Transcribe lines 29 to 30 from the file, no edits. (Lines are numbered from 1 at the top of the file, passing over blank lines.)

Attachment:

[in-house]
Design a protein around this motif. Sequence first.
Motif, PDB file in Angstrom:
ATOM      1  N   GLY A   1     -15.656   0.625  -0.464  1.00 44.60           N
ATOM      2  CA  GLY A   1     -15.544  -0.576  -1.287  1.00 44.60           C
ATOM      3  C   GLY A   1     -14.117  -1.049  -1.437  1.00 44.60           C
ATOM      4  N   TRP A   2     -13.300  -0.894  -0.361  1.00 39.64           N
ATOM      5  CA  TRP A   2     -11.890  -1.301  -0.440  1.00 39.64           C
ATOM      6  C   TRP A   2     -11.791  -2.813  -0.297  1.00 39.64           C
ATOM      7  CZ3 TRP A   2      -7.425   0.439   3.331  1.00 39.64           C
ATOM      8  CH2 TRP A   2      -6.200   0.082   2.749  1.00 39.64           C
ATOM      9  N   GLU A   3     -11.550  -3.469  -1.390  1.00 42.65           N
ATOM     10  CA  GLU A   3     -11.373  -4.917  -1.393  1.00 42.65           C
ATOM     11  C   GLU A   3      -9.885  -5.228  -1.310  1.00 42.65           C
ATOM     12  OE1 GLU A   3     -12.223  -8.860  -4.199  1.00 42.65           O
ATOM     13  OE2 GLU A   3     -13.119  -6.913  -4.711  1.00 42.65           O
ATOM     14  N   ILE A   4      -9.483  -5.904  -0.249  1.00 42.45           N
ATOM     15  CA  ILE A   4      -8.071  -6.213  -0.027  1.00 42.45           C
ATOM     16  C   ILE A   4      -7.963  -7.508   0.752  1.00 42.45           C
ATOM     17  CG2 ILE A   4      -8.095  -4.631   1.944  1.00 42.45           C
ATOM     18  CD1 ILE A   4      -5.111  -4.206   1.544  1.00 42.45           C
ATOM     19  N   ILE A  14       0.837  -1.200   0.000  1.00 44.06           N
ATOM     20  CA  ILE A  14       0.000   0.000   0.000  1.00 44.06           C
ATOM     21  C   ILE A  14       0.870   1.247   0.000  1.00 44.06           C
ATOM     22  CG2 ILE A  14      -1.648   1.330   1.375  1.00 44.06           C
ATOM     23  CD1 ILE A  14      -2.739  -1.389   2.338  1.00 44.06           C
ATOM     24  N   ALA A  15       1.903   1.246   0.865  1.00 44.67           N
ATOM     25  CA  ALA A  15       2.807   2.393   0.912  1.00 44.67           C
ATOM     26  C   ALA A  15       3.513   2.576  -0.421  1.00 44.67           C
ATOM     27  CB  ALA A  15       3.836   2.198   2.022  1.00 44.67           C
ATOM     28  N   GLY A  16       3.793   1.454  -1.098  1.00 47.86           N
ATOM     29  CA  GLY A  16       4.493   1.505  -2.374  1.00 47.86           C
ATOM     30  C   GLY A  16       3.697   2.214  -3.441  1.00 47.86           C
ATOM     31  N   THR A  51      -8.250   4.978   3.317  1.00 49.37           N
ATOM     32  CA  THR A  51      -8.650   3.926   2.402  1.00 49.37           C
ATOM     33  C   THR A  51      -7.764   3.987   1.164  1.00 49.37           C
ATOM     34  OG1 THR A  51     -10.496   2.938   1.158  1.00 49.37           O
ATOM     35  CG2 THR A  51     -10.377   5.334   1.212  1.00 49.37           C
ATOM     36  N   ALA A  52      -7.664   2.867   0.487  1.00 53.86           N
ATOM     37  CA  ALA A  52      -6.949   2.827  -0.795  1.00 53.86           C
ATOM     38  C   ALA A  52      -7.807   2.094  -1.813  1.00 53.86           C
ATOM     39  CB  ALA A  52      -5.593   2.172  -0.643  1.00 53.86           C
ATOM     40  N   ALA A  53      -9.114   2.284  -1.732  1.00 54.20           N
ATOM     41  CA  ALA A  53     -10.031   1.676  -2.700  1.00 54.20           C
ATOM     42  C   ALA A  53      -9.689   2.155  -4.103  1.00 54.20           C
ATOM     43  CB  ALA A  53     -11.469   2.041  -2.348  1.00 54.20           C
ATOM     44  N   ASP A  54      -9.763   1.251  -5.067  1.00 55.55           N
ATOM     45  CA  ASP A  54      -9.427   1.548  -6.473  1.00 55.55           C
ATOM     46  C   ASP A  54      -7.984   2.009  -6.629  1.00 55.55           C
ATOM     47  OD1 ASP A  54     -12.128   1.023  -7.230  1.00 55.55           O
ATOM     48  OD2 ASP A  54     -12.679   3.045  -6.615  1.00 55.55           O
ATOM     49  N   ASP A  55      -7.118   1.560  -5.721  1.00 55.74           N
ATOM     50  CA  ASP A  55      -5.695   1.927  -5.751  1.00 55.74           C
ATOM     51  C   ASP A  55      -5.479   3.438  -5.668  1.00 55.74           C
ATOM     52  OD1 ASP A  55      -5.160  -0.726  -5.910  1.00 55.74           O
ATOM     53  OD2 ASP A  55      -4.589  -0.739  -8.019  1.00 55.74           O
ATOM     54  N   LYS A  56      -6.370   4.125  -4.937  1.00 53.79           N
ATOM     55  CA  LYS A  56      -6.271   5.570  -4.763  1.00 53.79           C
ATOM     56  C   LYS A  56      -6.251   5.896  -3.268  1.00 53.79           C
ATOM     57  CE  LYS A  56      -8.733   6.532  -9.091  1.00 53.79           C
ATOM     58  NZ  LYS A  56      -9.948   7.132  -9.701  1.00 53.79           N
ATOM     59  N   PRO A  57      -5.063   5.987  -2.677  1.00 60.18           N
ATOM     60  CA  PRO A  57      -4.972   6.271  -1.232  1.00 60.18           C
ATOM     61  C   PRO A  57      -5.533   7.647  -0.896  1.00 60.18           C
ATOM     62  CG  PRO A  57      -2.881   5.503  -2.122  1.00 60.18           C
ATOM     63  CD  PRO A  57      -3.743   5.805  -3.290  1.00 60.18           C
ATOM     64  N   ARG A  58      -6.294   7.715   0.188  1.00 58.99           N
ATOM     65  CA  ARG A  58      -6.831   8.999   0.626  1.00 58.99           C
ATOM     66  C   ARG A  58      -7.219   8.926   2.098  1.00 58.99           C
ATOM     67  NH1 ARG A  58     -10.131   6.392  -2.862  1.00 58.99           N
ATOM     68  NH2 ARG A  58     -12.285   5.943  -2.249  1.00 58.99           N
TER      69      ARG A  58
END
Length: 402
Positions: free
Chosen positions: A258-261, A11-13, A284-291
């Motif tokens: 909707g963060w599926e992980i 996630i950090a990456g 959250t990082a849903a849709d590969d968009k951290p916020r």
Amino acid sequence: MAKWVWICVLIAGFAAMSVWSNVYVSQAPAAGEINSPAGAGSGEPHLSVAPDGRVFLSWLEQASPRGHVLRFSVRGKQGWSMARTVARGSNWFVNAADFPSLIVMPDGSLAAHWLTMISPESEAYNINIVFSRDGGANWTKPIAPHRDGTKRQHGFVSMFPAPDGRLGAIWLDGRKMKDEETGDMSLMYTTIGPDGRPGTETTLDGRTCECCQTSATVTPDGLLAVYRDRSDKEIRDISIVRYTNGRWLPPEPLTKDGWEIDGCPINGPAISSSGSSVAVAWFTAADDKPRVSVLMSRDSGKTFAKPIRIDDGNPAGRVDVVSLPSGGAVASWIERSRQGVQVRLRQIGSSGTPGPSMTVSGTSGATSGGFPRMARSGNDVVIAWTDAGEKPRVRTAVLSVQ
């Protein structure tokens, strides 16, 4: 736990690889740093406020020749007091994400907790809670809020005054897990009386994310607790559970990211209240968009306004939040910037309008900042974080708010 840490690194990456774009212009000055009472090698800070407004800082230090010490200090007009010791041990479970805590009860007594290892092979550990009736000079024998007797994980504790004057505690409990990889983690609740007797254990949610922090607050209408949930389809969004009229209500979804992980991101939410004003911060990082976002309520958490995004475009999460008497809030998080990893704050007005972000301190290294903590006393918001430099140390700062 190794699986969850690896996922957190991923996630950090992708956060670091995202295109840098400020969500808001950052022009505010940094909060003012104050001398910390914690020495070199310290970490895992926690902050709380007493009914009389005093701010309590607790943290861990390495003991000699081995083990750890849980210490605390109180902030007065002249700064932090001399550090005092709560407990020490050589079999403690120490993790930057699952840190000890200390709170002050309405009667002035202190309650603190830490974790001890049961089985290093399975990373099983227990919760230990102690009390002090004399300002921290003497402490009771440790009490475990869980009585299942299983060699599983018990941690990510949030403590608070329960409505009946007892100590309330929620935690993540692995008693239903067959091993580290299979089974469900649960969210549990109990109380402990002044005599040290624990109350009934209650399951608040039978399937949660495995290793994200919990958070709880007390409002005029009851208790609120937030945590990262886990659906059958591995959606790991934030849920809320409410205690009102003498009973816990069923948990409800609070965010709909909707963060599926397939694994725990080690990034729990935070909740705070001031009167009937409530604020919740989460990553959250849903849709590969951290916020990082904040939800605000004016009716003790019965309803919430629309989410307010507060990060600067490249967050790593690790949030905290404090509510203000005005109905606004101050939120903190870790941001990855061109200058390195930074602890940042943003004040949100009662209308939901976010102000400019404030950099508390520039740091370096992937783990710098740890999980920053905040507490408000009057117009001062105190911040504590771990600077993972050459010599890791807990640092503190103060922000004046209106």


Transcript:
ATOM     26  C   ALA A  15       3.513   2.576  -0.421  1.00 44.67           C
ATOM     27  CB  ALA A  15       3.836   2.198   2.022  1.00 44.67           C